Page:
I was scared to write

Updated: Mar 26 2006, 05:30am hrs
Gurcharan Das has an enviable enthusiasm in him that keeps him on his toes all the time. In the early half of the day he writes and then plays tennis, jogs or swims. This former CEO of Procter & Gamble is an author, columnist, management consultant and corporate guru, all at the same time.

While talking about the staging of 9 Jakhoo Hill and Larins Sahib in the Capital by Airtel Expressions (March 25-26 and April 1-2), he recollects, I wrote these plays in my early twenties and then I became scared to write. Plays are different from non-fiction. You have to be a little mad to attempt them, confesses the author of international bestseller India Unbound, which was also filmed by BBC. 9 Jakhoo Hill reflects the conflict between two generations, between the bound India and the unbound India. In fact, I see the echoes of India Unbound in 9 Jakhoo Hill, he says, seemingly interacting with the characters in his mind.

Das was the CEO of Procter & Gamble India before he took early retirement to become a full-time writer. His novel, A Fine Family, is also being made into a film by Shyam Benegal.

As he talks, with the vast collection of books in the backdrop at his South Delhi residence, one can't help but notice the philosophical aspect of his rational self. It is the ability to act that helps you succeed, he rationalises. On the other hand he finds it a dharma sankat to describe himself. Human beings have many identities. By age five or six their dispositions are set but they are far more complex in entirety.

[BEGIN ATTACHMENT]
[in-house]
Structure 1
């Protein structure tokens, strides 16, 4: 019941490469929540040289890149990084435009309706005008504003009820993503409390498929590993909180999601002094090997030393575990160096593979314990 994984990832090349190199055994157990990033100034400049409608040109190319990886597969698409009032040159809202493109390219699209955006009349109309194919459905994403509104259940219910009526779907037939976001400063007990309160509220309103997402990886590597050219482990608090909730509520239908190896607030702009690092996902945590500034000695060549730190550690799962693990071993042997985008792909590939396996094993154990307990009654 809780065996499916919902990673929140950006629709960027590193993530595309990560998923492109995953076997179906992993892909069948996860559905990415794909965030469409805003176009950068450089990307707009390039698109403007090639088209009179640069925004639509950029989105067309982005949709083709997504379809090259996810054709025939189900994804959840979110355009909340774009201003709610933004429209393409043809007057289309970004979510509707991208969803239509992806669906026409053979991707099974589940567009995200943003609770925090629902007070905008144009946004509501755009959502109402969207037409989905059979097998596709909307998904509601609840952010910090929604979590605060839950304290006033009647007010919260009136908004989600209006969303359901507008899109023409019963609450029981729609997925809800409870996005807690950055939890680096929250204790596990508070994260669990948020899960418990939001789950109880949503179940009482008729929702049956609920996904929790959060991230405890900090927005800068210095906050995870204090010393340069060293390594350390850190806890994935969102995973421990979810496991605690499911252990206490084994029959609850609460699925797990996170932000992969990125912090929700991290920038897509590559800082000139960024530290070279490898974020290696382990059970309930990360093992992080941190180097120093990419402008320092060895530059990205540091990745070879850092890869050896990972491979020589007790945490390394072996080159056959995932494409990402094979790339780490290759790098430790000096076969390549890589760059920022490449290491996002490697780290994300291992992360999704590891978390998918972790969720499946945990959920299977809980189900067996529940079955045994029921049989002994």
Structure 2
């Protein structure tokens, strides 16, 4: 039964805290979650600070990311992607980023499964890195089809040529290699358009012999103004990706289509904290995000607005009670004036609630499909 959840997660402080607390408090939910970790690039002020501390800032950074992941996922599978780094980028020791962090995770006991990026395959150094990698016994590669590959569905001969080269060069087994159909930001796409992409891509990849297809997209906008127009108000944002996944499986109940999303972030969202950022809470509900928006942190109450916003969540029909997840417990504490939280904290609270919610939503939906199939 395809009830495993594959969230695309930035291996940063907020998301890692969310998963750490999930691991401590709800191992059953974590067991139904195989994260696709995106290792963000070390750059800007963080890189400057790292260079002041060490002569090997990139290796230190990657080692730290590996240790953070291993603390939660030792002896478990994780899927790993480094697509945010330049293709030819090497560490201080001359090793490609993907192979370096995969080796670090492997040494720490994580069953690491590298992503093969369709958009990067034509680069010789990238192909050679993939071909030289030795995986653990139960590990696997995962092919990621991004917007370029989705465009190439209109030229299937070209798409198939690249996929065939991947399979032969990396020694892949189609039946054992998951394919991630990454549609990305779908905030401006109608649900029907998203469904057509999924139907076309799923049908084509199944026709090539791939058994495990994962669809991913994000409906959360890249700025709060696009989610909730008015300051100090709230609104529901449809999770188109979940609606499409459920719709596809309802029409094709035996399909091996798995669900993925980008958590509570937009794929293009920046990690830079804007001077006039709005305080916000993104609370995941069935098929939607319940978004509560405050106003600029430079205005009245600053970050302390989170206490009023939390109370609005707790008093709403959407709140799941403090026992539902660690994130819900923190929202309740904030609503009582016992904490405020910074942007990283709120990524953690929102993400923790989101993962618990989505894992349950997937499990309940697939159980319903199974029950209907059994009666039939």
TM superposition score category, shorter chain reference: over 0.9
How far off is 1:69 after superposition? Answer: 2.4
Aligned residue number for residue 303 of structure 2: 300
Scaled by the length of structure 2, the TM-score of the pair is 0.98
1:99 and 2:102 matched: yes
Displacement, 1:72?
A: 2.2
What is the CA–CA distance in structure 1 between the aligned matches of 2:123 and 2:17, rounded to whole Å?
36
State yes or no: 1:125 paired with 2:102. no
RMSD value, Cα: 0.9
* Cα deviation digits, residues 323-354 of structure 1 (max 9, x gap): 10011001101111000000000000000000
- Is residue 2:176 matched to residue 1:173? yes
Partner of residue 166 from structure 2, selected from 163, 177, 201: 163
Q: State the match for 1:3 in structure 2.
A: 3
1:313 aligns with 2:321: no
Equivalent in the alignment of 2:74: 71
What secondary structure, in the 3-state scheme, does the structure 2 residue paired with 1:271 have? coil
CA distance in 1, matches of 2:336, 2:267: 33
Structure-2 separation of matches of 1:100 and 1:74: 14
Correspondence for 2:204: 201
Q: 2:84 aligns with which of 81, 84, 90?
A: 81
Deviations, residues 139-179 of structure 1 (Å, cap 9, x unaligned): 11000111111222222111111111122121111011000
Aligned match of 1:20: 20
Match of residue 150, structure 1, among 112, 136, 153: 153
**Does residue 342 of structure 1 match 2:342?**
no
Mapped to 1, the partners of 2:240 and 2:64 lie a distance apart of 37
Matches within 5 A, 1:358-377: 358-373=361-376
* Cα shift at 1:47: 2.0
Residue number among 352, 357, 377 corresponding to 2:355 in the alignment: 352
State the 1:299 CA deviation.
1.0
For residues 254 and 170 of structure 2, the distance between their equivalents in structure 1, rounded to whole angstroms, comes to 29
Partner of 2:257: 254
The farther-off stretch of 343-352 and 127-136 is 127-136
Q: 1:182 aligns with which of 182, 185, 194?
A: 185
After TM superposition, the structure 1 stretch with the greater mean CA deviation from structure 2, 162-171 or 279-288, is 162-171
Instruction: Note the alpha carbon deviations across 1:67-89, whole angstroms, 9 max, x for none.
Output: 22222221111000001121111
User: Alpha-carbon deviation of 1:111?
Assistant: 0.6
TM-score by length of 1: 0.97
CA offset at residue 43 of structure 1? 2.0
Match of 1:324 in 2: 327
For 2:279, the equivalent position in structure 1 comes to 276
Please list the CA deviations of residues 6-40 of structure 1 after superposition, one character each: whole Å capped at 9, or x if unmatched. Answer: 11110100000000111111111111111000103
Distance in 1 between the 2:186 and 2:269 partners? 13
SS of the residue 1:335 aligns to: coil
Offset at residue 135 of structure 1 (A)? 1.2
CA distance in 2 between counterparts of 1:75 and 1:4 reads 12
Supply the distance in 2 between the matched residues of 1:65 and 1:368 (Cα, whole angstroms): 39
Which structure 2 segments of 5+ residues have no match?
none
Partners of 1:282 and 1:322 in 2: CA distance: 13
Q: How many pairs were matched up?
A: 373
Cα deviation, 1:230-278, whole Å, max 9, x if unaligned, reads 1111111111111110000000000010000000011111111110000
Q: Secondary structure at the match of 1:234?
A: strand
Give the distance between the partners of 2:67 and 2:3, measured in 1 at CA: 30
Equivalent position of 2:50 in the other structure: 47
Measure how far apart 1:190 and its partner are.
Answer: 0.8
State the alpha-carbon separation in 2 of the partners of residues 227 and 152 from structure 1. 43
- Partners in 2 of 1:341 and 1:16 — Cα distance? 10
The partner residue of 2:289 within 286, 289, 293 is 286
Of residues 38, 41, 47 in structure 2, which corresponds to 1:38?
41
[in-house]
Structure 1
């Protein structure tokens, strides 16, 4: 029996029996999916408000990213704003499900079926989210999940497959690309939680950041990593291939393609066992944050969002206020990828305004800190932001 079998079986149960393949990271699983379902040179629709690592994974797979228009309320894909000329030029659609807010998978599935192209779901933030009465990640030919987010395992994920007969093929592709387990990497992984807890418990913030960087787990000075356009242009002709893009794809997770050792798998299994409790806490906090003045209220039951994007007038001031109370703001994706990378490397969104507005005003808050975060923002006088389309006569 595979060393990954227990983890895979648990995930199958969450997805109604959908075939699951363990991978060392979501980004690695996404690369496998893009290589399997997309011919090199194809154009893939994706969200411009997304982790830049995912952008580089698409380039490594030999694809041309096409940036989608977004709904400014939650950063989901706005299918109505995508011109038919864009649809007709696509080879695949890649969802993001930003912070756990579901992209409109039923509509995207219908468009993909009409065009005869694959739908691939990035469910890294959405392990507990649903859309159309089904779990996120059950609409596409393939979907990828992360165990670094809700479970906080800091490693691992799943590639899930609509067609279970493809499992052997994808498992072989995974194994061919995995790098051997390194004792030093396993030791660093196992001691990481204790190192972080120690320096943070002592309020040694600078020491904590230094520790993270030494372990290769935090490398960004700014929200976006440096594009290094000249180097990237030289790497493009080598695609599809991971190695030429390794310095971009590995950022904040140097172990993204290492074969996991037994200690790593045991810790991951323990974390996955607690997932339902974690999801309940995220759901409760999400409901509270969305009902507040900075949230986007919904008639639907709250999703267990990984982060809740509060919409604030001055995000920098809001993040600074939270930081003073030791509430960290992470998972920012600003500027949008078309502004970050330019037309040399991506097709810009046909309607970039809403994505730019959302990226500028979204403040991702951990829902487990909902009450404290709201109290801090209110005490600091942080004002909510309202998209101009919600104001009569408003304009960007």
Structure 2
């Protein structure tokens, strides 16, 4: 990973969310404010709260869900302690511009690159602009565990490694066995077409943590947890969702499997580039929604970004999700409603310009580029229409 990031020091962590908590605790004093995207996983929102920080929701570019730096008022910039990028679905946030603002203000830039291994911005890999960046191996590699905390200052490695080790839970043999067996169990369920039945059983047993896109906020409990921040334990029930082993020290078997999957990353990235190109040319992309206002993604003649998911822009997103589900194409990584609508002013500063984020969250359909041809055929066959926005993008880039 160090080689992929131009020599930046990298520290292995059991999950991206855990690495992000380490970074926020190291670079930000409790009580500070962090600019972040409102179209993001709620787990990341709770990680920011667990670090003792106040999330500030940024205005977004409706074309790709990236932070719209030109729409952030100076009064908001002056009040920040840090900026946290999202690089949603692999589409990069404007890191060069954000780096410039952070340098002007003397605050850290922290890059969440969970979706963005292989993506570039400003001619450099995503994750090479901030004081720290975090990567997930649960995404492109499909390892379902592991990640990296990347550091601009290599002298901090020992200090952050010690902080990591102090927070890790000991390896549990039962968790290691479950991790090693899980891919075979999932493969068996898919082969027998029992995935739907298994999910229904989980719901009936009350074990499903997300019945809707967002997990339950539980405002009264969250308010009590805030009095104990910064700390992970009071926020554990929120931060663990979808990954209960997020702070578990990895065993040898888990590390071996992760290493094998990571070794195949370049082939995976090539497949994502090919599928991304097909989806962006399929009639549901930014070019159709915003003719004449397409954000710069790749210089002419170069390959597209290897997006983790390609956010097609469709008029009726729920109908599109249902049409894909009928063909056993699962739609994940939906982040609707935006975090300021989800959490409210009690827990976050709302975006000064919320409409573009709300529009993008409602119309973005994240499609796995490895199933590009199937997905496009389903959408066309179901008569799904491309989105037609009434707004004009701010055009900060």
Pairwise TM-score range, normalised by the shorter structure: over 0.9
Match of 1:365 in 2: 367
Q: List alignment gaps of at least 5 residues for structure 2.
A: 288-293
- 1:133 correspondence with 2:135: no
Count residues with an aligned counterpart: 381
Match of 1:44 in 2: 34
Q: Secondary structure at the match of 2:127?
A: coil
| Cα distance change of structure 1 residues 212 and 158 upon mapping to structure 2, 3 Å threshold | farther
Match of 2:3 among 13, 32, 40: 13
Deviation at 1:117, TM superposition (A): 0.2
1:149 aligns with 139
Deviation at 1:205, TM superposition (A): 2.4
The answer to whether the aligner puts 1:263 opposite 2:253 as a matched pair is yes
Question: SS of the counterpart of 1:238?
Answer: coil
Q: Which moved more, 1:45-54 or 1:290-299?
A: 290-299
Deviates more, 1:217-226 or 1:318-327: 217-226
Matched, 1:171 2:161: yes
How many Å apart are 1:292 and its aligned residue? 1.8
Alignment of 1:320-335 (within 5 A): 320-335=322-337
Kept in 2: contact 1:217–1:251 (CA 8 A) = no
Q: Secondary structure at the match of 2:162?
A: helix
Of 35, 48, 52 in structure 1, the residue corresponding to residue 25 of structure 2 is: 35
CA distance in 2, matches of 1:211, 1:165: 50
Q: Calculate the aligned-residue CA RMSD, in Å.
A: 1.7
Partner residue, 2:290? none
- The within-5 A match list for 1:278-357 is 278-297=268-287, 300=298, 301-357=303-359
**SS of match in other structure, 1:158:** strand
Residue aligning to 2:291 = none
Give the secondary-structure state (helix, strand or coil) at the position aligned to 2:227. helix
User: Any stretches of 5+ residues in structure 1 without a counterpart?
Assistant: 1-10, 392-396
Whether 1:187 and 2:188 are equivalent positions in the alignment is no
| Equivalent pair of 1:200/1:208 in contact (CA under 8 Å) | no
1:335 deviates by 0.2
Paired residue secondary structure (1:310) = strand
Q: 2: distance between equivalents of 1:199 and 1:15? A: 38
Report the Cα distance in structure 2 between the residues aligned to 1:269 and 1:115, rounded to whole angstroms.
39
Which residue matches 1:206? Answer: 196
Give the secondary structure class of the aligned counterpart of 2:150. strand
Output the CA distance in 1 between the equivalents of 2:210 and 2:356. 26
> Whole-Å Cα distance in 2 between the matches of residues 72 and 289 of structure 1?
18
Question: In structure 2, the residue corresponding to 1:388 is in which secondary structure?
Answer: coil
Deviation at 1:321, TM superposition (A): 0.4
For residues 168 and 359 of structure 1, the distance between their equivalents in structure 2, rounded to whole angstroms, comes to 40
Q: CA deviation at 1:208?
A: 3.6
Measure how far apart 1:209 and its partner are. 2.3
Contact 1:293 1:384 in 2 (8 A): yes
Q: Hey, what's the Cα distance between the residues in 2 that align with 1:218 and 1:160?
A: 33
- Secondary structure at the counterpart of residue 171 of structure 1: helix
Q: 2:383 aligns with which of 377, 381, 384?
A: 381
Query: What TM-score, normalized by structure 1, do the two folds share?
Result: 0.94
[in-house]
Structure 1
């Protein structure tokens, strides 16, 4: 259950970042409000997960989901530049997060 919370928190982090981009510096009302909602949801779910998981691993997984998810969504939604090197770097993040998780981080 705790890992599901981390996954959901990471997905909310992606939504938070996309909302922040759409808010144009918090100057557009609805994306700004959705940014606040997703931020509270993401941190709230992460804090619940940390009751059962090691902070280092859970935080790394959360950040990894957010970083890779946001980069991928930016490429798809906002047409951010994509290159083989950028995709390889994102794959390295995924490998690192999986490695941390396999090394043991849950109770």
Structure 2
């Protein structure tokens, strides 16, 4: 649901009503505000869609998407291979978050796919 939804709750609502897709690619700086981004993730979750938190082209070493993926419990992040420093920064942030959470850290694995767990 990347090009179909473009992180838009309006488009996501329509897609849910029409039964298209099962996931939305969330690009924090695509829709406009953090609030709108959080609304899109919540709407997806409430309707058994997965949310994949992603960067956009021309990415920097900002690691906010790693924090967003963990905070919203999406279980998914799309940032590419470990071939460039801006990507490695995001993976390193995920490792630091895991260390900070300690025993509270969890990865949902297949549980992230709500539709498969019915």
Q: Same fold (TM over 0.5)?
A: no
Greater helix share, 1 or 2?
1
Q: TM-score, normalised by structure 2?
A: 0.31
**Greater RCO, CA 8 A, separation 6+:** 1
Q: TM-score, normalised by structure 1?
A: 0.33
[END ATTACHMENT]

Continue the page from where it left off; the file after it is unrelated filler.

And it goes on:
Noticing his Harvard tee, one can't help but ask if it's still as close to his heart He affirmatively confirms, The four years at undergraduate Harvard did make me. It was like an academic holiday and I changed my major every year from chemistry to economics to architecture to philosophy.

A classical liberal by orientation, Das is presently working on his next book, Moral Dilemmas in Mahabharata, that looks at the failure of present governance through the lens of epic characters.

His taste in classics reflects in his favourites as well. Remembrances of Things Passed by Madame Bou Flaubert and In search of Lost Time by Marcel Proust in books and Kishori Amonkar in music are his all-time favourites.

What else Ah, I love collecting art as well. I bought these paintings decades ago and now these are worth a fortune, he says pointing to the art work in his living room. Born in 1946 at Lyallpur in Pakistan, Das signs off on a contented note. I indeed have come full circle, he says petting Tushy, his dog. Indeed!